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Amid red tide outbreak, Florida beckons visitors to beaches

June 17, 2021 GMT
A bag full of dead fish is moved to a dumpster after being gathered Thursday, June 17, 2021 in the intracoastal waters between Clearwater and Dunedin, Fla. Pinellas County had small boats retrieving dead fish in Dunedin and around Clearwater Harbor Thursday. The fish kill is attributed to the recent Red Tide bloom. (Chris Urso /Tampa Bay Times via AP)
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A bag full of dead fish is moved to a dumpster after being gathered Thursday, June 17, 2021 in the intracoastal waters between Clearwater and Dunedin, Fla. Pinellas County had small boats retrieving dead fish in Dunedin and around Clearwater Harbor Thursday. The fish kill is attributed to the recent Red Tide bloom. (Chris Urso /Tampa Bay Times via AP)
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A bag full of dead fish is moved to a dumpster after being gathered Thursday, June 17, 2021 in the intracoastal waters between Clearwater and Dunedin, Fla. Pinellas County had small boats retrieving dead fish in Dunedin and around Clearwater Harbor Thursday. The fish kill is attributed to the recent Red Tide bloom. (Chris Urso /Tampa Bay Times via AP)

TALLAHASSEE, Fla. (AP) — Plumes of toxic oceanic bacteria known as red tide continued to move up the western Florida coast, strewing thousands of dead fish on beaches while state officials tried to reassure Floridians and potential tourists Thursday that the outbreak was being taken seriously but isn’t as bad as it would seem.

Gov. Ron DeSantis on Thursday assembled a team of experts in St. Petersburg to describe the work that is underway to better understand and control the latest outbreak.

As the state’s economy continues to emerge from the devastation of the coronavirus pandemic, images of beaches littered with dead fish could threaten to keep visitors from flocking to seaside communities during the July 4 holiday.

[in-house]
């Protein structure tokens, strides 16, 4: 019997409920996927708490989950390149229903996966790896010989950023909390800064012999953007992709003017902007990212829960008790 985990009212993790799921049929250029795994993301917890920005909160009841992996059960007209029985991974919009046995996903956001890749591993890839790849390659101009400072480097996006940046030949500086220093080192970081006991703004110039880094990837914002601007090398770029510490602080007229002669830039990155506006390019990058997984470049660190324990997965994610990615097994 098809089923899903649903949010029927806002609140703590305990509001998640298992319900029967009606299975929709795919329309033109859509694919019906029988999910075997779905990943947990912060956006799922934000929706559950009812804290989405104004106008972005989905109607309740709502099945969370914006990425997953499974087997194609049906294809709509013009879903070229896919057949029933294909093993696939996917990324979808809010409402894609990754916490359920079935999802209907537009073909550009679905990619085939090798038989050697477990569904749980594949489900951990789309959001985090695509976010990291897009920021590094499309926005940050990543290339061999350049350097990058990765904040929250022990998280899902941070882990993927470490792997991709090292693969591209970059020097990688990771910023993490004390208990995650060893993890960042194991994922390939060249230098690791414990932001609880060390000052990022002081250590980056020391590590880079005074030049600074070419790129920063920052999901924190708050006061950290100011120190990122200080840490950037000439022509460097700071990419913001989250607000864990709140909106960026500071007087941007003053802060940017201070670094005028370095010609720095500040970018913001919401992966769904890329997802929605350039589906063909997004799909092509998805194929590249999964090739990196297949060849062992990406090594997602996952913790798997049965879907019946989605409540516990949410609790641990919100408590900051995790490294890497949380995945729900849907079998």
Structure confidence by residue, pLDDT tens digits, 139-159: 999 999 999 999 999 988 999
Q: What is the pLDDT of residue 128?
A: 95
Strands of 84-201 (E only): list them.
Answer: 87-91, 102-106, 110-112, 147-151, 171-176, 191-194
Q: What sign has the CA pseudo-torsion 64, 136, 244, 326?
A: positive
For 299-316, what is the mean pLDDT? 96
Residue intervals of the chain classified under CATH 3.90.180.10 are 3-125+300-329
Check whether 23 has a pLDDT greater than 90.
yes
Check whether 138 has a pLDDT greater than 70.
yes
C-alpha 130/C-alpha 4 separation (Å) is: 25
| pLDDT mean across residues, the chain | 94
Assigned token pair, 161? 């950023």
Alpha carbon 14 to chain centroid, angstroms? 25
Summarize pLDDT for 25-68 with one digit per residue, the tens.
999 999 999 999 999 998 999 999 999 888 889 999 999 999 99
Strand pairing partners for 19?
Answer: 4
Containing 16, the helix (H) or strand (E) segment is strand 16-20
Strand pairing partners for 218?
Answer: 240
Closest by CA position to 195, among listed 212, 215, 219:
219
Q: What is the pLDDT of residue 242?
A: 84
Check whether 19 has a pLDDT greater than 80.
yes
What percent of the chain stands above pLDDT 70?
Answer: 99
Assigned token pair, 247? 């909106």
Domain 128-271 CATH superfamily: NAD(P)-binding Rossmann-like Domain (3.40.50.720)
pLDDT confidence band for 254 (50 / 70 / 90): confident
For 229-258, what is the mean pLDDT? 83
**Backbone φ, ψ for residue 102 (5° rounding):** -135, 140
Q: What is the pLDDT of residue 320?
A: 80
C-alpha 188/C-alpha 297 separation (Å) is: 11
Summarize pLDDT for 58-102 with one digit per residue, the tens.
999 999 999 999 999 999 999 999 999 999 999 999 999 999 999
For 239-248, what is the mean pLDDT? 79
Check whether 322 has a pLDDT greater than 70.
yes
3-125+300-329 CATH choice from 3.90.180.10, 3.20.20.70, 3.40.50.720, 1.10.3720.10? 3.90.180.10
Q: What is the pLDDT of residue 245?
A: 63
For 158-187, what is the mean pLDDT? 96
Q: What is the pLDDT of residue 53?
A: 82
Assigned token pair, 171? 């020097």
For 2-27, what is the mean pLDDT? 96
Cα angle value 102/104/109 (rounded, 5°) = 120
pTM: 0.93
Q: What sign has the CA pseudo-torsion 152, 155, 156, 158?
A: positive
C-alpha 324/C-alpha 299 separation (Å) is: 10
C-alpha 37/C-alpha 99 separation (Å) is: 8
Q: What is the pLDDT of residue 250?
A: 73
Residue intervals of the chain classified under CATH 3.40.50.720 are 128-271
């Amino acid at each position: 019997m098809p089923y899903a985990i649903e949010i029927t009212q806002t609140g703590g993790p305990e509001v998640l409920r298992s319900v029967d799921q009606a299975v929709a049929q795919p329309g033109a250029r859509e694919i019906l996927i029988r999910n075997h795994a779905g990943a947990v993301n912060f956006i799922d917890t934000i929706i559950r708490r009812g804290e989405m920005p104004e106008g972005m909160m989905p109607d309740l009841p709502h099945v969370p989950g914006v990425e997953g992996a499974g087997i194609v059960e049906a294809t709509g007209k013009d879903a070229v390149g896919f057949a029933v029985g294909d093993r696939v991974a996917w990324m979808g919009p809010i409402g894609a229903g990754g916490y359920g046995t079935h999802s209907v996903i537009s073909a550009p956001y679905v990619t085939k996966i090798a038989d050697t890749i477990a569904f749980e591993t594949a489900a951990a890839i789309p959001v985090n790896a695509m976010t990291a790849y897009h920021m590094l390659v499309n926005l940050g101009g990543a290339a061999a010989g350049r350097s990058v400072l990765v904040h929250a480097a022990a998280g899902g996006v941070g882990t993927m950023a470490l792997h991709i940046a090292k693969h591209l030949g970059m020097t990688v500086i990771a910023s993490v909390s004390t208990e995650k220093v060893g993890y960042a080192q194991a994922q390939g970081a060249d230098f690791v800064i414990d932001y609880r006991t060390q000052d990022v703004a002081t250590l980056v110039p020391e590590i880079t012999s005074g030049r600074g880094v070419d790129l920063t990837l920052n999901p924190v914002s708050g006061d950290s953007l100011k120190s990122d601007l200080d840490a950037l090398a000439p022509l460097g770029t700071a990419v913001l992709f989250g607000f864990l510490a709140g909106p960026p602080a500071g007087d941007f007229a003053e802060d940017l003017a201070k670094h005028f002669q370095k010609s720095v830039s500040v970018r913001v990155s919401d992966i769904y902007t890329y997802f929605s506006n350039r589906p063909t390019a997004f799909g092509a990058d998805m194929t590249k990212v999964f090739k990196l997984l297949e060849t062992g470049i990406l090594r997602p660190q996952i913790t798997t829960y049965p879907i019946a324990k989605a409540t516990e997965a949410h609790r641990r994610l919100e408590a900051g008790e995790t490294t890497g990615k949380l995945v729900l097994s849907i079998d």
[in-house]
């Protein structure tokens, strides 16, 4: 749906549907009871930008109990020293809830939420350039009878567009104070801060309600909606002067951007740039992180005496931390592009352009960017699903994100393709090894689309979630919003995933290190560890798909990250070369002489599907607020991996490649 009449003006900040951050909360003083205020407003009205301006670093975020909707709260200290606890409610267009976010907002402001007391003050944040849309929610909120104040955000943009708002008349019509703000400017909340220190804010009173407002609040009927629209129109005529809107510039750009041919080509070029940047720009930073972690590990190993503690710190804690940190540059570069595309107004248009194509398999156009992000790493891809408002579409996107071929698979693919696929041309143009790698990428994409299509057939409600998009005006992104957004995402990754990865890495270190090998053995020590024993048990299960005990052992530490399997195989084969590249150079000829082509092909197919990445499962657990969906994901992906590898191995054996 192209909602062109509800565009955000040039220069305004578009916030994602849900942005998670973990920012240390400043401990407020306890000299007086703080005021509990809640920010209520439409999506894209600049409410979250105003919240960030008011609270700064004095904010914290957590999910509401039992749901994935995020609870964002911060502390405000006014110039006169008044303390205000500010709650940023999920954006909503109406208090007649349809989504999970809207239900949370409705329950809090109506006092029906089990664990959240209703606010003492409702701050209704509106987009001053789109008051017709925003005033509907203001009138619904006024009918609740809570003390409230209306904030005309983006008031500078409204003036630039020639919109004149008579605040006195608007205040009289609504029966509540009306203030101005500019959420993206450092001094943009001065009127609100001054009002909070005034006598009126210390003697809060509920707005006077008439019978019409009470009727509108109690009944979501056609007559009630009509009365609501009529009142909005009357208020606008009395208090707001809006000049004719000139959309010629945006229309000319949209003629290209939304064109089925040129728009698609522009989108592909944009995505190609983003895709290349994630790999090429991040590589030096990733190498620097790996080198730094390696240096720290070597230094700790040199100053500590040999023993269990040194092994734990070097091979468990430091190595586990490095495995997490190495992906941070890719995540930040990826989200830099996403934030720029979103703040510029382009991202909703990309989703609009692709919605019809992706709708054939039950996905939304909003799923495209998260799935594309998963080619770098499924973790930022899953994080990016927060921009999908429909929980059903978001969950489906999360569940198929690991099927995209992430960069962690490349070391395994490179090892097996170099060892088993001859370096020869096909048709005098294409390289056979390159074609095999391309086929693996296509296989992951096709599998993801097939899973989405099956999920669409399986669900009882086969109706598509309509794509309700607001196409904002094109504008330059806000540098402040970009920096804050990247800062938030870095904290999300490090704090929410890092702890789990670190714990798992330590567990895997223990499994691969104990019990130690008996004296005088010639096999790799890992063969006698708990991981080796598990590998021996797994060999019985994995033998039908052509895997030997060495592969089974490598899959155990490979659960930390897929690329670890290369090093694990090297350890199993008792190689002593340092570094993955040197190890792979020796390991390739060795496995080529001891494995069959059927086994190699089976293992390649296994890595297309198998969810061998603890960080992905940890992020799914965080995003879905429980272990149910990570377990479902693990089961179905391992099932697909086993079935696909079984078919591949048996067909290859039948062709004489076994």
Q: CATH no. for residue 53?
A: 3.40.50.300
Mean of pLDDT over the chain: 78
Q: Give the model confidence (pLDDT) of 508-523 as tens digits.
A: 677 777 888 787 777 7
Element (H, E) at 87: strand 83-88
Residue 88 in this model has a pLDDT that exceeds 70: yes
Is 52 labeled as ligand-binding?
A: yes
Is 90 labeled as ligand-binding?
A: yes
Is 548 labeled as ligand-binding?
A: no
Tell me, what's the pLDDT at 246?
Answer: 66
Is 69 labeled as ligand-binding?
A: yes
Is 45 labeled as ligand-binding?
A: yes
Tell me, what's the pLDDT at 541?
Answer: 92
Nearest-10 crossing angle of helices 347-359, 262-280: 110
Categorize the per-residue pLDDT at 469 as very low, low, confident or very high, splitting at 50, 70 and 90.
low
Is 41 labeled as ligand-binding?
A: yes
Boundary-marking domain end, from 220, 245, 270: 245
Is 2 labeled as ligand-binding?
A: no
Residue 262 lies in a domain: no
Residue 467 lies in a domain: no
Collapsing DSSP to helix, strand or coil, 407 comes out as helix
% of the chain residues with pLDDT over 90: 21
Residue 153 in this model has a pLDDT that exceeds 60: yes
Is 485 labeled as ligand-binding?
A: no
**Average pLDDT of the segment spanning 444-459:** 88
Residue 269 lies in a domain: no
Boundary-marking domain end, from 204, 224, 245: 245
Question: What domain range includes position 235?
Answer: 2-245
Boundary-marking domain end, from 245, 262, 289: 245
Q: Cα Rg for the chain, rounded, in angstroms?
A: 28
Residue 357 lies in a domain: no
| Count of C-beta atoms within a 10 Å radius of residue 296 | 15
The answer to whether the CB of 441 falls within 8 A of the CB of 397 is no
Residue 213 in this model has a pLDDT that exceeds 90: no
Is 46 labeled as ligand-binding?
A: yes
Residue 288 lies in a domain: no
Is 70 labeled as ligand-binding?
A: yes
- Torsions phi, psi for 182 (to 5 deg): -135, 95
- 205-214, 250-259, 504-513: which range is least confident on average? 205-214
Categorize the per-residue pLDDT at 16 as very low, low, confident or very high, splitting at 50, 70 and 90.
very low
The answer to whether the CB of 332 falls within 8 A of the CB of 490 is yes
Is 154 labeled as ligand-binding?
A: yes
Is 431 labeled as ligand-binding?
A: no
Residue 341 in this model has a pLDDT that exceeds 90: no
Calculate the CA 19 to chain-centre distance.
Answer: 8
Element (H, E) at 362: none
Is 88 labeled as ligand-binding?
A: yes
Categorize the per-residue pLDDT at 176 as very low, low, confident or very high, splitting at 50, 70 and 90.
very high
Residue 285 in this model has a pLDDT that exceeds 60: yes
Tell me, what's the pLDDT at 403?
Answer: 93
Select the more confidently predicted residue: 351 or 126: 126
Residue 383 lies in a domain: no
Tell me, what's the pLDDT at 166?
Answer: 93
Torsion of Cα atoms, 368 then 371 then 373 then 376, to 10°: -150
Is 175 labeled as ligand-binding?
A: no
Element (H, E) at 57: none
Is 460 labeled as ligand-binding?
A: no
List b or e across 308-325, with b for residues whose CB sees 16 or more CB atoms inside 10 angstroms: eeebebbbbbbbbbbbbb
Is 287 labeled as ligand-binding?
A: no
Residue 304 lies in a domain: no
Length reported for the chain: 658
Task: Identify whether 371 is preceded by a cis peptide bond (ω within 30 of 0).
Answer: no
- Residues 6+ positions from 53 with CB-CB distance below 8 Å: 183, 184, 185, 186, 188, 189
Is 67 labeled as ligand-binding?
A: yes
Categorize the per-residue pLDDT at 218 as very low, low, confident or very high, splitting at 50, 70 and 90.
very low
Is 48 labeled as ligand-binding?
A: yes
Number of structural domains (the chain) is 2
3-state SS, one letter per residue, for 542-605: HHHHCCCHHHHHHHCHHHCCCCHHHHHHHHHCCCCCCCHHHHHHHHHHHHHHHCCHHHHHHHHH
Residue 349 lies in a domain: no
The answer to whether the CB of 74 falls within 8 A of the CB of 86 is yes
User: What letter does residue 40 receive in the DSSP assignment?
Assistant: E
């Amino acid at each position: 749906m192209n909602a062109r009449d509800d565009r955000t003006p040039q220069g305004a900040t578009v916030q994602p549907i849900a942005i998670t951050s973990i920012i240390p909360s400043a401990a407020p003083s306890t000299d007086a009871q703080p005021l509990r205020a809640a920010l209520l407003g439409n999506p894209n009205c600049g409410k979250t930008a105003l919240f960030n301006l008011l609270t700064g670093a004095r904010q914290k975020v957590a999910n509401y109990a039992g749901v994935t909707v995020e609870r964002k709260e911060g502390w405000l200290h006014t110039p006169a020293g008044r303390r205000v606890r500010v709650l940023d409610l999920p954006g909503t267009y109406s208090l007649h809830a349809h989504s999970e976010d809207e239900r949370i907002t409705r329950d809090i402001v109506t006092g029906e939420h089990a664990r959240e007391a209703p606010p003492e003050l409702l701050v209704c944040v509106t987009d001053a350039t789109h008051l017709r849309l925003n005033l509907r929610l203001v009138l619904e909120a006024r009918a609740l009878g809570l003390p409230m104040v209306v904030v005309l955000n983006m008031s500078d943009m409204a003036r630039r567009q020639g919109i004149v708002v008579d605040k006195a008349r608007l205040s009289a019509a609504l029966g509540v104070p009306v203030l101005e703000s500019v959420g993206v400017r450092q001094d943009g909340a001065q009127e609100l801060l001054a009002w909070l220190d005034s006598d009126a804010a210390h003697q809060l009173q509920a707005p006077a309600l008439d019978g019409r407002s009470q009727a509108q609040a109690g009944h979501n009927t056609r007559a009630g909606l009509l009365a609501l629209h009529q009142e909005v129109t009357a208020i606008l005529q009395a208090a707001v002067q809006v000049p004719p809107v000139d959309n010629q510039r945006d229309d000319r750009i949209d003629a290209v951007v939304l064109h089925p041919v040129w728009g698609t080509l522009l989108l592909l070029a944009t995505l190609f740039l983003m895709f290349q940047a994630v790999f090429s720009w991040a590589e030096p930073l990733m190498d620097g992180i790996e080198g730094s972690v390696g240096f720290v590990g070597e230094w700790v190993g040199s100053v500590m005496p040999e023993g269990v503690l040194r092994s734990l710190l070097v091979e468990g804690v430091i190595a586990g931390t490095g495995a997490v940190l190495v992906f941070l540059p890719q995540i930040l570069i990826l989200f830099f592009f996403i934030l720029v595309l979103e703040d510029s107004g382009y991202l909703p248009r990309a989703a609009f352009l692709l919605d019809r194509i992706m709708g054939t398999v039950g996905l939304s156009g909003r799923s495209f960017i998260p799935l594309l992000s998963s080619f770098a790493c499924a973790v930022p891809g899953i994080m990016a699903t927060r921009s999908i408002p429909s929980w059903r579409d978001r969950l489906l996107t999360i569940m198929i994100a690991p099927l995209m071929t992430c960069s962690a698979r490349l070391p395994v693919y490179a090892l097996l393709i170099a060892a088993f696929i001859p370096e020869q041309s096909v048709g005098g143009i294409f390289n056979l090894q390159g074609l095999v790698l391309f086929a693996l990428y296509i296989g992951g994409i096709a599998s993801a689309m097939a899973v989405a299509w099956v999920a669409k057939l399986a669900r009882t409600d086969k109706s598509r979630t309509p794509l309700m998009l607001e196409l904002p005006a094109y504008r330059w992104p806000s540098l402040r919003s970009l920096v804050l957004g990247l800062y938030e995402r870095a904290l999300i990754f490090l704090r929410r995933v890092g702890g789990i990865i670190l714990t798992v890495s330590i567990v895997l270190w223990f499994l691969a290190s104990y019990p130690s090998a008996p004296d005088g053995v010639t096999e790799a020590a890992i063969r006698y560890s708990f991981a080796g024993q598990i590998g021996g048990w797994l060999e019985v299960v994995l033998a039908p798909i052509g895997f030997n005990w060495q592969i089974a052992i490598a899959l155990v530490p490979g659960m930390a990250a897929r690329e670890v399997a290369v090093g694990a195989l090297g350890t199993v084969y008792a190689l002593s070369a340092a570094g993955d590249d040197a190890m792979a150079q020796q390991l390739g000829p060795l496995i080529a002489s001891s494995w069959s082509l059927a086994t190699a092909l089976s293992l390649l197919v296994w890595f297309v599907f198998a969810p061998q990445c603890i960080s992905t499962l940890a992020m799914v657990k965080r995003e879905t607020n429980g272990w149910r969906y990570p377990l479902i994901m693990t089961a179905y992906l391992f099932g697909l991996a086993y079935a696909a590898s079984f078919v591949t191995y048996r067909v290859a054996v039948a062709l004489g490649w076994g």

The governor said it was important to let “folks know that these places are open.”

“The hotels, the restaurants, the beaches are open,” he said.

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Three years ago, massive blooms of the red tide prompted some beaches to close. The outbreak killed tons of aquatic life, littering coastlines with rotting fish and keeping people off the sand and water.

Widespread images of rotting fish and empty beaches could be catastrophic to the state’s tourism industry, which uses the state’s ample sunshine, sand and water to lure visitors to the state.

Officials are encouraging people to monitor beach conditions through an online dashboard.

Much of the current outbreak of the red tide bacteria, Karenia brevis, is centered in the Tampa Bay area. Even low concentrations have the potential for killing fish. Higher concentrations could affect some people if they swim in the water or eat contaminated shellfish, including oysters.

Fears over red tide prompted Florida officials late last month to briefly prohibit aquaculture farmers from harvesting in lower Tampa Bay, although the ban was lifted about 10 days later.

Experts assembled by the governor Thursday cautioned against linking the red tide outbreak to millions of gallons of polluted wastewater from an old fertilizer plant in Piney Point.

The experts said it’s doubtful the wastewater, which contains elevated levels of nitrogen, caused the red tide but acknowledged that it could be compounding the problem by providing nutrients for the bloom.

“I don’t think that the red tide was originated as a consequence of Piney Point,” said Tom Frazer, the state’s former science officer and dean of the University of South Florida’s College of Marine Science.

Fertilizers and other nutrients flowing into the coast from lawns, farms and septic tanks can also encourage blooms to spread.

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DeSantis has made the environment a key part of his agenda, including championing restoration of the Everglades and addressing rising concerns over red tides off the coast and the blue-green algae that swarm lakes and other inland waters.

DeSantis reactivated the long-dormant Red Tide Task Force and pushed for $18 million from the Legislature to fund projects over six years.

Some environmental groups have applauded those efforts but say they have fallen short or that other policies, particularly those that encourage certain developments, contradict his environmental goals.

“It’s a naturally occurring phenomenon. There’s no silver bullet that’s going to eliminate it,” said Michael Crosby, the president and chief executive officer of Mote Marine Laboratory and Aquarium, an independent research institution in Sarasota.

“What we can use is the knowledge that we can gain to develop innovative technologies to decrease the impacts of red tide when it does occur,” he said, adding that researchers are looking into ways, including chemicals, to inhibit the bacteria from spreading.